Costa Rica Aquiares Estate Microlot


Region: Turrialba
Altitude: 1,200 - 1,400 m.a.s.l.
Variety: Centroamericano
Processing: natural
Tasting Notes: berries, juicy sweetness, creamy mouthfeel

This is a very limited “Don Alfonso” microlot from the famous Aquiares Estate. Named after Don Alfonso Robelo, patriarch of one of the three families who own the farm, this coffee is the result of a collaboration between our importer, Mercanta, and Diego Robelo, Don Alfonso’s son, deputy general manager of the estate. The Estate is one of Costa Rica’s largest and most historic coffee farms. Aquiares is known across the specialty industry as a producer of excellent specialty coffee so we’re very excited to be roasting their coffee. 

It’s been a few years since we’ve offered a Costa Rican coffee, so when this one arrived on our sample cupping table it was a no-brainer. It’s a distinctly unique microlot with heady, slightly boozy fruit: definite blueberries along with ripe banana, strawberry and melon. Like the best naturally processed coffee the acidity in this one is super complex and clean. And the sweetness and body don’t disappoint either - it’s got a well-structured creamy mouthfeel and bags of juicy sweetness. Steampunk bought just four 30kg boxes out of the total of 15 produced—and we would have bought more if they’d been available!

This particular lot is part of an experiment in alternative processing methods. Though Costa Rican farmers are famous for developing the method of honey processing, Aquiares Estate is in a particularly rainy, humid part of the country—not ideal for natural and honey processing. ​​According to Diego Robelo, “Everyone told us we were crazy. You are never going to make honeys and naturals in Turrialba. We decided to prove them wrong.” 

This microlot was picked by a special team of skilled harvesters who are paid well above the daily rate for their exceptional skill in picking the ripest cherries at each pass. The pickers do seven passes of the trees to be sure they get every cherry. From there the cherries are rinsed and sun-dried on a ceramic patio for two days before moving to a specially built climate controlled greenhouse where they’re dried for 10 more days. The last drying step is one day in a mechanical dryer to reach the ideal moisture content. The coffee is milled and then kept in dry parchment until the final dry milling just before export.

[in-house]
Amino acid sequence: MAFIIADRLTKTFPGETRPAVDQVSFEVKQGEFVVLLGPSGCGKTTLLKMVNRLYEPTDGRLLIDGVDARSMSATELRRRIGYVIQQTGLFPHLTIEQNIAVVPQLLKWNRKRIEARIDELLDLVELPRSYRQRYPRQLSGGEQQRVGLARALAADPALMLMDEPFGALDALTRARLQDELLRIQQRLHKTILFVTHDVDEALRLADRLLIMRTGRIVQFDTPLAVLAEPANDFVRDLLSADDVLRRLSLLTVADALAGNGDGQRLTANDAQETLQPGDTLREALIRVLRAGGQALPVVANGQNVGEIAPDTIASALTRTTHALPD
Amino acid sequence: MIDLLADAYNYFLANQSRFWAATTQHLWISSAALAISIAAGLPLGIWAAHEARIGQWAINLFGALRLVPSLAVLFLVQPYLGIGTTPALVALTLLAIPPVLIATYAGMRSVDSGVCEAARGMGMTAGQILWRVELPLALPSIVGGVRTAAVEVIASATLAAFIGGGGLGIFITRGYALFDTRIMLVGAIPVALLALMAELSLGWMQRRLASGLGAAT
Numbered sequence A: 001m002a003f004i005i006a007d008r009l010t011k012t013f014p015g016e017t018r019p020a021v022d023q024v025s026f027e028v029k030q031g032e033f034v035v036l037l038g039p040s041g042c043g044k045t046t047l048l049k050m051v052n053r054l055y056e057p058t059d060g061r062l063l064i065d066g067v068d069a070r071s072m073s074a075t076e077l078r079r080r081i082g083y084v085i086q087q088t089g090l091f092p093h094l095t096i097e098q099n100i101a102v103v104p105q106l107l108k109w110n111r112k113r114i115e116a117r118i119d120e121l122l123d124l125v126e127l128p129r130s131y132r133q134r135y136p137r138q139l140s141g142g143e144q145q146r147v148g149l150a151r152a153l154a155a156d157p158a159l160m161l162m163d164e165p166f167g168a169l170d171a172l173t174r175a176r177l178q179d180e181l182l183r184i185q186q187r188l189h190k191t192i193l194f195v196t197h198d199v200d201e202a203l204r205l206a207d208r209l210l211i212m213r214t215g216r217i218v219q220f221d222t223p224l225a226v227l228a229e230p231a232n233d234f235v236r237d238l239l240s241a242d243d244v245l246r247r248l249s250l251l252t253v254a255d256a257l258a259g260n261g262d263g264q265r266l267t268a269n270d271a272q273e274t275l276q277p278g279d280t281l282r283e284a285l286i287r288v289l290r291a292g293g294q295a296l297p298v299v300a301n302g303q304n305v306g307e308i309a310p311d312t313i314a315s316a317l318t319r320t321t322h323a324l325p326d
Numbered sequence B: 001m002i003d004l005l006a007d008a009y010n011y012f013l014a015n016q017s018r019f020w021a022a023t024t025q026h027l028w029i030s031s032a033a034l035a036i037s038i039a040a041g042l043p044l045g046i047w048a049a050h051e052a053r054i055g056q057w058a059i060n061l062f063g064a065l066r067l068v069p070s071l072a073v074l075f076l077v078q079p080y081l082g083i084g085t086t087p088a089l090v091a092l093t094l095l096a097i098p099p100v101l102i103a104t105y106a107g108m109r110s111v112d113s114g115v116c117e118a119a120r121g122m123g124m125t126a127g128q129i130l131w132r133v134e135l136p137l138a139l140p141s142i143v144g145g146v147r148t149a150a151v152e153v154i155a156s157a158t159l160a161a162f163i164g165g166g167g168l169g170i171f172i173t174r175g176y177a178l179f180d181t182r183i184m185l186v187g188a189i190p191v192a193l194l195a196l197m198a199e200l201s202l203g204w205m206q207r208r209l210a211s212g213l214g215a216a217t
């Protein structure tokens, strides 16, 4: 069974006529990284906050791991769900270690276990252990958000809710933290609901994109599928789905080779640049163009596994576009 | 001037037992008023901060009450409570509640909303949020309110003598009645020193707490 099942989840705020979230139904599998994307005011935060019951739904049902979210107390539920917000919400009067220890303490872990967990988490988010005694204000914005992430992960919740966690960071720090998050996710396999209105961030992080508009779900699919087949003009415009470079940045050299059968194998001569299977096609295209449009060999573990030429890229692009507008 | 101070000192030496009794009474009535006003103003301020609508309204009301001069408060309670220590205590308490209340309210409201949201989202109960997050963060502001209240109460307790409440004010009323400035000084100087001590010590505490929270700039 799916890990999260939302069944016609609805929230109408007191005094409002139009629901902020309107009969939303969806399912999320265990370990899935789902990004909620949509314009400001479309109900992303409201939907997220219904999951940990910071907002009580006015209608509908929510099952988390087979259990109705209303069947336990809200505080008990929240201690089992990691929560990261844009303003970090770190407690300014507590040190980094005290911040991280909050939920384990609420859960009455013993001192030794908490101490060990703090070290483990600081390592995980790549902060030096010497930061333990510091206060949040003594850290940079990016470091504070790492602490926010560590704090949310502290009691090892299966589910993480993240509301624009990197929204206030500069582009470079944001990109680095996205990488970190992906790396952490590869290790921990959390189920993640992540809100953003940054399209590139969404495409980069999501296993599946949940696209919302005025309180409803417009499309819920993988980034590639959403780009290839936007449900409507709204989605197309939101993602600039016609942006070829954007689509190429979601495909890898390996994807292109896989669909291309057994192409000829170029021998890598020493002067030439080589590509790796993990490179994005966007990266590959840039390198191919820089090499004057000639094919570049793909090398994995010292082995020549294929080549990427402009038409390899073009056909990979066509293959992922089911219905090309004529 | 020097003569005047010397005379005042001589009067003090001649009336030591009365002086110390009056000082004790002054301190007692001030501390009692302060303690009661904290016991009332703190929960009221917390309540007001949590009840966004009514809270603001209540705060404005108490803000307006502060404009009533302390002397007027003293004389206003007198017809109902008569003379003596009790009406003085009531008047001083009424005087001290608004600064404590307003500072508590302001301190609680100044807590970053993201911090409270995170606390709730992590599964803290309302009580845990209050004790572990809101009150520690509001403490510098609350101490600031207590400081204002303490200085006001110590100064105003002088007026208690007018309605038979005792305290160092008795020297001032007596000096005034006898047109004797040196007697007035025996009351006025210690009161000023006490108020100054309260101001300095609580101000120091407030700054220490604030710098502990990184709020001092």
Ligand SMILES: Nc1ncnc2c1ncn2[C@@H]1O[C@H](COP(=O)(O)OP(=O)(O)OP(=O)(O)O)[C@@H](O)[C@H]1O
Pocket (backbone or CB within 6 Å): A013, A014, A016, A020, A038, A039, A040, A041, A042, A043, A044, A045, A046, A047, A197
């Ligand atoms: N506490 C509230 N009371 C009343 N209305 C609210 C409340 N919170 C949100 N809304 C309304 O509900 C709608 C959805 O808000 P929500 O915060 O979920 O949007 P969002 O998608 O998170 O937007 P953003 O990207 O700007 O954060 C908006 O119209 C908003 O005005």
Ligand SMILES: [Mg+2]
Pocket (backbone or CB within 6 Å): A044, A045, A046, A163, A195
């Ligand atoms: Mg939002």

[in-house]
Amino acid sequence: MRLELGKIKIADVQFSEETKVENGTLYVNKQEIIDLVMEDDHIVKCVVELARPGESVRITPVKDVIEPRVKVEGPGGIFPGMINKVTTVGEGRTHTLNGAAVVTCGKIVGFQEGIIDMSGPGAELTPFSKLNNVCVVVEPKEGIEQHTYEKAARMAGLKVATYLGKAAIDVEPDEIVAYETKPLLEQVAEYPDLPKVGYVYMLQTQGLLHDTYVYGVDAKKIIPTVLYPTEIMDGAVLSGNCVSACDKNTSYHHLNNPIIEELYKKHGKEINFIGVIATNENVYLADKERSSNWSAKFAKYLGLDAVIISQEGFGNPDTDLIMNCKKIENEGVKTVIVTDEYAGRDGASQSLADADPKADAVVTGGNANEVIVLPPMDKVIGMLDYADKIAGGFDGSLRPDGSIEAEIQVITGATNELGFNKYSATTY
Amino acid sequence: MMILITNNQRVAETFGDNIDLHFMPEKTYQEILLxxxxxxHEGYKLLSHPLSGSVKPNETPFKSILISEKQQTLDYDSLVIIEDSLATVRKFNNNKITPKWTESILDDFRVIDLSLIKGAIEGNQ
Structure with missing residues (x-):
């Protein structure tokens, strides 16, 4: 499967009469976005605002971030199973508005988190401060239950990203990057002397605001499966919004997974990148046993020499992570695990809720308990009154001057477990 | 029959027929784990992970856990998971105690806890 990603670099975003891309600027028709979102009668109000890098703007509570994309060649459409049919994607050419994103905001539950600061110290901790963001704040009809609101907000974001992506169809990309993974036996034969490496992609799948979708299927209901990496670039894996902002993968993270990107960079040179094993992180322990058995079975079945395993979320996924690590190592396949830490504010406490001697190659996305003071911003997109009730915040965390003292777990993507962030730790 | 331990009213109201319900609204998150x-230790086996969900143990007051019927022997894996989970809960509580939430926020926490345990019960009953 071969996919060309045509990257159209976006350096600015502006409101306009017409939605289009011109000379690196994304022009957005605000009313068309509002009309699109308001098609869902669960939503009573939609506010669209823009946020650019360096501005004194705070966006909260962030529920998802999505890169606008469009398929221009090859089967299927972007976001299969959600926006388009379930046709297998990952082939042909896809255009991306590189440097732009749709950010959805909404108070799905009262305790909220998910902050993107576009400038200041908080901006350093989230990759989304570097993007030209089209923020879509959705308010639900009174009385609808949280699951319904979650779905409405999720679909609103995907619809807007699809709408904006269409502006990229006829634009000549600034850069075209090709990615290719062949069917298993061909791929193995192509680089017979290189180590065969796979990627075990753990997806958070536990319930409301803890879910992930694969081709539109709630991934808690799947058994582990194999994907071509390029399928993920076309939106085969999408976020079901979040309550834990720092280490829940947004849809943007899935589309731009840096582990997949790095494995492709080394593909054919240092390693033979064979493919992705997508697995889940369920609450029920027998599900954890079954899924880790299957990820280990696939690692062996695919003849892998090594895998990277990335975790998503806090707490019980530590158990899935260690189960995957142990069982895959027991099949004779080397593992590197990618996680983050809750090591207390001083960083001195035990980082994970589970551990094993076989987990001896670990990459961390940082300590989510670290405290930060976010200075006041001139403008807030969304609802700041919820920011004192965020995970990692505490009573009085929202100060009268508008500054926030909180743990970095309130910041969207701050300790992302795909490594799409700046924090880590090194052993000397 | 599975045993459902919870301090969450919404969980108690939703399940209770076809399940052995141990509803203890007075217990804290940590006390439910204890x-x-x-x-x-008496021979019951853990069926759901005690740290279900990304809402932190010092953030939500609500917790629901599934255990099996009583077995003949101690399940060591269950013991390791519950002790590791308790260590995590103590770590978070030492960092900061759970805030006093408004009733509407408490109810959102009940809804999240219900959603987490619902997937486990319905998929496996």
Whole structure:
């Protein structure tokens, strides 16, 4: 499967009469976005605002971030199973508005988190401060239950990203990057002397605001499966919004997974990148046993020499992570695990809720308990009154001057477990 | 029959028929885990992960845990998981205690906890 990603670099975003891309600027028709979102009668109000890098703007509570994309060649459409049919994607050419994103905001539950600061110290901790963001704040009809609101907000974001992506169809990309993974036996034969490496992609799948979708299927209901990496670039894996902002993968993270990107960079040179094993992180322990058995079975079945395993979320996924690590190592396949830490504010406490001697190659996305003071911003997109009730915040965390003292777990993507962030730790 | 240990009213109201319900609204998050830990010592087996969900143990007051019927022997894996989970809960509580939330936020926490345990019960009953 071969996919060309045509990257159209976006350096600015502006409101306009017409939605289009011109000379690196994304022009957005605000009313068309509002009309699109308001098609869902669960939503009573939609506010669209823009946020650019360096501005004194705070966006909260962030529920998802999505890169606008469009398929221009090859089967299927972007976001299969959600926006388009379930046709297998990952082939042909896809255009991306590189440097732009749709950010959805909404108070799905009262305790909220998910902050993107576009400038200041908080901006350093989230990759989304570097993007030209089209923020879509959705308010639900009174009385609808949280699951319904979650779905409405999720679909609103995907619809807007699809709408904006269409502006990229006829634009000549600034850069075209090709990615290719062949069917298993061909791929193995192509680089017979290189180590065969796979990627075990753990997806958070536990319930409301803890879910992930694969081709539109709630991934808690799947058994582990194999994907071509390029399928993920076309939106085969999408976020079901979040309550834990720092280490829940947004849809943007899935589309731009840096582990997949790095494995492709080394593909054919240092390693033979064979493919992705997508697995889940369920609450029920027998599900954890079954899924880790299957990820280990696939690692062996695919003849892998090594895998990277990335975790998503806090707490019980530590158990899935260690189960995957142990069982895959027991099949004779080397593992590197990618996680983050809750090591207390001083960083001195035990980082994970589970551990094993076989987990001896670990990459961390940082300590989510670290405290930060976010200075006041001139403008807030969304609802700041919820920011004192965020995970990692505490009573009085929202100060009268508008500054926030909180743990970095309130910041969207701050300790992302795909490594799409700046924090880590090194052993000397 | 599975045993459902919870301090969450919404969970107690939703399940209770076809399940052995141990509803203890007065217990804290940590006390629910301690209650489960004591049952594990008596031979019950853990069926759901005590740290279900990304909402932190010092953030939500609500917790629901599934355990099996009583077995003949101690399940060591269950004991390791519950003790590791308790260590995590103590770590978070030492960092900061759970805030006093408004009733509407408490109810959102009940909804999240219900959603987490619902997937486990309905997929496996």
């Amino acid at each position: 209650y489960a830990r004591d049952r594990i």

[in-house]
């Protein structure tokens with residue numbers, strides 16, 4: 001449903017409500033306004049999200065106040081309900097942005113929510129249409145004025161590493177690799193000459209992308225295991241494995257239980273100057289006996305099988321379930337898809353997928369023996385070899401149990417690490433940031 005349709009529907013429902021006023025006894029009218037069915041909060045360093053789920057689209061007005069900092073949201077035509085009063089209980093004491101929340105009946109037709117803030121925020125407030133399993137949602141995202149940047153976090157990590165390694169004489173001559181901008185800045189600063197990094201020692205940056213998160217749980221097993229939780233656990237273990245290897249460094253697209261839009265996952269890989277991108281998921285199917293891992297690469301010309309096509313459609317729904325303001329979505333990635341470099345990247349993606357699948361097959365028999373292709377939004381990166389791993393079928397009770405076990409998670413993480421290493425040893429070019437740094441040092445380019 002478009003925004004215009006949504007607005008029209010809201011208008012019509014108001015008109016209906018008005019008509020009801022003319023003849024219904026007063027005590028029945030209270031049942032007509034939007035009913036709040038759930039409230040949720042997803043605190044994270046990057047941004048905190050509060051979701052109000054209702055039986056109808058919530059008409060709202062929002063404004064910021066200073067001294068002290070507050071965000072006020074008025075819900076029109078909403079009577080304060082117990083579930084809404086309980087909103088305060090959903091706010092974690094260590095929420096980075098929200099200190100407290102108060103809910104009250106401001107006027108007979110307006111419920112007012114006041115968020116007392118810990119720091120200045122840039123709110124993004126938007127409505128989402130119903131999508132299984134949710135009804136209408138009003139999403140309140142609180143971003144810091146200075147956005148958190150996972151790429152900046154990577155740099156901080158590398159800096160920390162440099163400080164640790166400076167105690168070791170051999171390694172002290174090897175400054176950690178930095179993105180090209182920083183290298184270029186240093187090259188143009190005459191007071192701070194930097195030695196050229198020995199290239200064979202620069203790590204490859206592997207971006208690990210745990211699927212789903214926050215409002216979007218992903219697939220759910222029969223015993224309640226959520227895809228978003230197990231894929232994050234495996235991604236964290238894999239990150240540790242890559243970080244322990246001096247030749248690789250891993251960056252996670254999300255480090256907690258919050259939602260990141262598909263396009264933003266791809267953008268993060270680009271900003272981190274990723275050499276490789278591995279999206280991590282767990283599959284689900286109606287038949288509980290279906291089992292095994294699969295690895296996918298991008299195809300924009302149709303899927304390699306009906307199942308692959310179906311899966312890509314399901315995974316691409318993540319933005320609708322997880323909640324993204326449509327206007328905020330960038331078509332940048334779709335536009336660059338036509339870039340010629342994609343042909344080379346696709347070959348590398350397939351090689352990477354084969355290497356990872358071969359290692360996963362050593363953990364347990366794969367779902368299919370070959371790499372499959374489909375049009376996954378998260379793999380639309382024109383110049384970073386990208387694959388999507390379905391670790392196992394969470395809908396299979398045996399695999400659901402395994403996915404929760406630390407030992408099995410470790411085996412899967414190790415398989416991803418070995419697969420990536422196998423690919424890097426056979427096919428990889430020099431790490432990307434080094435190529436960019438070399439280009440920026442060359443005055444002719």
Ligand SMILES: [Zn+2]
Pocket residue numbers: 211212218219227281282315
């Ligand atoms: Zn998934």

Aquiares Estate sits high on the fertile slopes of Turrialba Volcano. Established by British farmers in 1890, Aquiares was one of the first estates to produce and export Costa Rican coffee. In 1971, the farm was purchased by its current owners—three families who have worked together with the farm’s staff and community to implement a modern model of sustainable agriculture. The farm manages the entire coffee production chain, from seedling production to plant cultivation, harvesting and milling. Environmental stewardship, including planting shade trees, using natural fertilisers to boost soil health, and, in 2012 becoming the first farm in Costa Rica to fulfil the requirements of the Rainforest Alliance Climate Module.

The modern focus on the social welfare of the farm workers and the wider community is a main priority of the Robelos and their co-owners and is in contrast to the Estate’s colonial roots. Originally, the farm owned the houses where employees lived, but in 1992, under Don Alfonso’s management, the farm started a project to enable people to own their own houses. Each worker was given a bonus for his or her years of service, lots were priced at a fraction of the local rate, and assistance was given to apply for a government house fund. Today, around 15% of Aquiares residents work on the farm (many have gone on to become school teachers, doctors, etc) and 96% of these own their own home, giving them the option to take a path for their future that they, themselves, choose. The town has its own school, youth sports program, recycling committee, early childhood nutrition center, and a church built in 1925, which is a National Architectural Historic Monument. Their website states, “The coffee farm and the community are one in Aquiares, both are dependent on each other.”

Find our more about the estate here:

Read more about our packaging HERE.

Are you storing your coffee correctly? Read more about this important topic HERE.

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